In the absence of an internet connection late last night, I am filing my report today.
Friday, October 12, 2012
Today was a very long day, and here it is, tomorrow already, and I am still up! If that seems a little cryptic, know that I am writing this at 12:34 a.m.
The kids were good today, it was their last “half day” before fall break. I had a pizza party for them because they’ve been so good this first quarter. They were polite and didn’t “pig out” on too much pizza, and a couple of kids brought cupcakes. Saturday is one boy’s birthday and we sang the birthday song. We had a fun time, and then they left me for a week and a half. I kind of miss them already.
But then, after I finished up grades, I went home, packed, and at 4 o’clock, my riding partner picked up me, and my dirt bike, to go up to the Alpine, AZ area for another 48 hours of dirt riding, and shooting photos. It is too far away to make it a day trip.
As we got going in the car, it already seemed like it took us forever to get out of town, and forever to get to Payson, and by the time we were headed east on 260, I thought it would be questionable because of the fading light whether I would get any golden Aspen shots at the Young Rd. turnoff. I managed to get some shots, but I don’t know, they seemed less than spectacular, even though the low light did not stop that wonderful Canon camera from making the most of what was there.
We stopped at Red Onion in Heber around 7, and I realized that it was going to be late when we finally got to where we were going. It was between Heber and Show Low that I remembered what it felt like to be driving in the dark, to be absorbed into the bottomless night that is out there. I felt more than saw the tall trees standing beyond the hemisphere of light thrown by the headlights of the car, shoulder to shoulder, in the wild loneliness. The temperature dropped into the 30s, and I had a sense of the cold isolation that I hadn’t felt for a long time, since I left Wisconsin, where I grew up. I could vividly imagine being stranded in the cold and dark.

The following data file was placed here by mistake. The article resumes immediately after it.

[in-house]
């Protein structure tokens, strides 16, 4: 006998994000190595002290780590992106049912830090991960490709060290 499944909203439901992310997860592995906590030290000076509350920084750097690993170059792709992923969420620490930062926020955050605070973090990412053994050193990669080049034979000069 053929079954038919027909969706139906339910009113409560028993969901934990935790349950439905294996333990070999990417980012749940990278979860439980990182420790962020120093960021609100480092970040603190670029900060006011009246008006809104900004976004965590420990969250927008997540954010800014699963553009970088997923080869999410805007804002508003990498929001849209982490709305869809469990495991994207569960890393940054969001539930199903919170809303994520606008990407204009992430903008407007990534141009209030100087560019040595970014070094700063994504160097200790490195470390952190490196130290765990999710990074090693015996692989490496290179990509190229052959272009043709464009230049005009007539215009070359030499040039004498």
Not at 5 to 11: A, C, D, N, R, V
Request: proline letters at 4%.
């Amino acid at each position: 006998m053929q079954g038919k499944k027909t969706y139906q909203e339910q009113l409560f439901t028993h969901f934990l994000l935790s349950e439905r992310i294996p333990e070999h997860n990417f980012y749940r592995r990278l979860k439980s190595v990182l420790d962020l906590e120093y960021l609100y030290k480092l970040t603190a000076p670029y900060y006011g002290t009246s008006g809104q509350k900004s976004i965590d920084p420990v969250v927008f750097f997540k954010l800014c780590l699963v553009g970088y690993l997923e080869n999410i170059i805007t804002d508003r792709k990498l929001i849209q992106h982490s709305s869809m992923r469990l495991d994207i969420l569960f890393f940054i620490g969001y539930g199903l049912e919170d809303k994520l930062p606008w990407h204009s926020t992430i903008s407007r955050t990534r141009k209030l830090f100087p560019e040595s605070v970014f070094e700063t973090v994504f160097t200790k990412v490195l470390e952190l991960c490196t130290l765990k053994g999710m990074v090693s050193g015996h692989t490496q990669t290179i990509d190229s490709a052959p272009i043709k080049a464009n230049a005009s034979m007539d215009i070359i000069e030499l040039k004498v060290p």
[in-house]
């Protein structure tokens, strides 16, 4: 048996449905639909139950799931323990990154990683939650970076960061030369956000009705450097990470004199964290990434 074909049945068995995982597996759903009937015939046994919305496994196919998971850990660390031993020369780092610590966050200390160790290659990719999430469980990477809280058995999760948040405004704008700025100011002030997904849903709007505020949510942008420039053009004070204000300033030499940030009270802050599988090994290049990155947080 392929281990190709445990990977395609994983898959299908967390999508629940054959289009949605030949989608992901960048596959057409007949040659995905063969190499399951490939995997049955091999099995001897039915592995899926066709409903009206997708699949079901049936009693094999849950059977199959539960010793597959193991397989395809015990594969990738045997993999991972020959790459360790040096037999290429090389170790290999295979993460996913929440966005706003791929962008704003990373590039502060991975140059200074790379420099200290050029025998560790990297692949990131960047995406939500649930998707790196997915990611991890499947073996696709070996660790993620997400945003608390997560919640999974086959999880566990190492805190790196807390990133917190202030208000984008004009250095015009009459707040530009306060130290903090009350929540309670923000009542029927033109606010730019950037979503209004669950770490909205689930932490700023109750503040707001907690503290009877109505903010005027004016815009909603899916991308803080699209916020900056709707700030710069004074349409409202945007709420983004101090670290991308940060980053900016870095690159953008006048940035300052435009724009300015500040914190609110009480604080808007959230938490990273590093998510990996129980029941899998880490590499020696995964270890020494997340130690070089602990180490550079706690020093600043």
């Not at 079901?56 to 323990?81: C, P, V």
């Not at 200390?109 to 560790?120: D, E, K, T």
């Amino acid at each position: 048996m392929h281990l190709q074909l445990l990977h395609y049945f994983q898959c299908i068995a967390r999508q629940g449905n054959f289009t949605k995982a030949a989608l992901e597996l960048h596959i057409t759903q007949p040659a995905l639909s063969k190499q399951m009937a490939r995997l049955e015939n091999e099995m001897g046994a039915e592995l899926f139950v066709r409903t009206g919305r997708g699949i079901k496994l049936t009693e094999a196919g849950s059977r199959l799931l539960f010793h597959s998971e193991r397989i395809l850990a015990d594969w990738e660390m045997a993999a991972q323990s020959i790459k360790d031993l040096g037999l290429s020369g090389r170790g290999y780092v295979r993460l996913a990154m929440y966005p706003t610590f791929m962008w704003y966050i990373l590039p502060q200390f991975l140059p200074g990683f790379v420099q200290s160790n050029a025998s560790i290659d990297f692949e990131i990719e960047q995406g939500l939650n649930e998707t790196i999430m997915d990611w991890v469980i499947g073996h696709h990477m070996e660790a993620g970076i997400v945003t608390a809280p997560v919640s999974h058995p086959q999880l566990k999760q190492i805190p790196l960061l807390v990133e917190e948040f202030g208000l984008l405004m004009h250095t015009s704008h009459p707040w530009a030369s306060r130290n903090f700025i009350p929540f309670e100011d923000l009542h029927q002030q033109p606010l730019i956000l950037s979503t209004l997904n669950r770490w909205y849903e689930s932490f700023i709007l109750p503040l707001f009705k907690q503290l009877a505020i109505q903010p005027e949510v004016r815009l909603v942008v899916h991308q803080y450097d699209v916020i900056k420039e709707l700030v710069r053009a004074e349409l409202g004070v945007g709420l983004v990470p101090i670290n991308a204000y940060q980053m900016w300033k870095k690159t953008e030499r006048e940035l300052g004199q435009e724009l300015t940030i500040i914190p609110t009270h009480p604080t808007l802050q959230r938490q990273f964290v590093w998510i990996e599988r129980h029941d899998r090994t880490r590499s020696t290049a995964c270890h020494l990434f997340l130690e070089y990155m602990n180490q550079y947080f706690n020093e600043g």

I forgot how many stars there are, and how much light they project when there is no moon, and when we are away from the city lights. There were millions of them in the canopy of black sky, glittering like ice, including that one elusive constellation that has a vague kite shape. I could see it in my peripheral vision, but when I looked directly at it, it disappeared.
Soon we came to the deep forest where the blackness was complete. We drove slowly through the tunnel of trees, some burned, some alive, as we scanned for elk and deer. I saw two, first, a deer, I think, and then farther up the road, a great big bull elk with a giant rack. I caught him in the far reaches of my peripheral vision, and turned just in time to see him in the last glimmer of the car’s headlights. He was in a clearing to the right of the road, in an area lower than the built-up roadbed. The bull elk showed white in the light, a split second of negative film. Hal slowed the car down even more after that, but we didn’t see any more animals.
We arrived at the lodge very late, and when I took my main clothes bag from the car, I saw the beginnings of frost already sparkling on the grass in the one feeble yard light. We crept into the main room of the lodge, and there was a fire burning in the grate. In the cozy, deserted room, it was warm and welcoming. Fortunately I had packed so I could get my warm clothes out quickly, and I was not cold. To go from 90° F. temperatures to the low 30s is a drastic temperature change, particularly when I am not used to it.
The lodge is full, but it was silent when we arrived. The keys were on the counter, and we’d have to wait until morning to officially check in, but it felt like we were home. I left this place with deep sadness in late July after five days of feeling like I was in heaven, and in my heart, I never left it.
At last, I’m really here.